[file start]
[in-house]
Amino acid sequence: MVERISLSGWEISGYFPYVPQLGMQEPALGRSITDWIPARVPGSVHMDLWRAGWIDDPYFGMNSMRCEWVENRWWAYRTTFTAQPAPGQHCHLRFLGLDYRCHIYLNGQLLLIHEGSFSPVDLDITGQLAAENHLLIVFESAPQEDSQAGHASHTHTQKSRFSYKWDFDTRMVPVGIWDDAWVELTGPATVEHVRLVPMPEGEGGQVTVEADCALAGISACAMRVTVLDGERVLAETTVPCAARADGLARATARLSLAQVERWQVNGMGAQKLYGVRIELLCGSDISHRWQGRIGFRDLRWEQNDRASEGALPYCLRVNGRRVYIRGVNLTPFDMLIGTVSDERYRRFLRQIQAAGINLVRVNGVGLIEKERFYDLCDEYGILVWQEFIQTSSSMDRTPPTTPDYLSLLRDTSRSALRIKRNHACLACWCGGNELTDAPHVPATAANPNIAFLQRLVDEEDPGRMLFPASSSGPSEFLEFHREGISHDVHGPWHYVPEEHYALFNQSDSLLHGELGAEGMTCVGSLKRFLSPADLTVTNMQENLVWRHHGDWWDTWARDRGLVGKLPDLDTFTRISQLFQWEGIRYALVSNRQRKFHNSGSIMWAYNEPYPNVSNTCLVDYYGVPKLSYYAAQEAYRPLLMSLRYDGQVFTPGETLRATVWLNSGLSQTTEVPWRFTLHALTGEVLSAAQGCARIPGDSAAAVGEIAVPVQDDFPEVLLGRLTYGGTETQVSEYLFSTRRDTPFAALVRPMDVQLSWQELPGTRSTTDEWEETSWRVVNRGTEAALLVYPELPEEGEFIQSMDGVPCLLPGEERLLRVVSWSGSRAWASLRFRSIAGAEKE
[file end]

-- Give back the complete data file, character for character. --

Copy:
[in-house]
Amino acid sequence: MVERISLSGWEISGYFPYVPQLGMQEPALGRSITDWIPARVPGSVHMDLWRAGWIDDPYFGMNSMRCEWVENRWWAYRTTFTAQPAPGQHCHLRFLGLDYRCHIYLNGQLLLIHEGSFSPVDLDITGQLAAENHLLIVFESAPQEDSQAGHASHTHTQKSRFSYKWDFDTRMVPVGIWDDAWVELTGPATVEHVRLVPMPEGEGGQVTVEADCALAGISACAMRVTVLDGERVLAETTVPCAARADGLARATARLSLAQVERWQVNGMGAQKLYGVRIELLCGSDISHRWQGRIGFRDLRWEQNDRASEGALPYCLRVNGRRVYIRGVNLTPFDMLIGTVSDERYRRFLRQIQAAGINLVRVNGVGLIEKERFYDLCDEYGILVWQEFIQTSSSMDRTPPTTPDYLSLLRDTSRSALRIKRNHACLACWCGGNELTDAPHVPATAANPNIAFLQRLVDEEDPGRMLFPASSSGPSEFLEFHREGISHDVHGPWHYVPEEHYALFNQSDSLLHGELGAEGMTCVGSLKRFLSPADLTVTNMQENLVWRHHGDWWDTWARDRGLVGKLPDLDTFTRISQLFQWEGIRYALVSNRQRKFHNSGSIMWAYNEPYPNVSNTCLVDYYGVPKLSYYAAQEAYRPLLMSLRYDGQVFTPGETLRATVWLNSGLSQTTEVPWRFTLHALTGEVLSAAQGCARIPGDSAAAVGEIAVPVQDDFPEVLLGRLTYGGTETQVSEYLFSTRRDTPFAALVRPMDVQLSWQELPGTRSTTDEWEETSWRVVNRGTEAALLVYPELPEEGEFIQSMDGVPCLLPGEERLLRVVSWSGSRAWASLRFRSIAGAEKE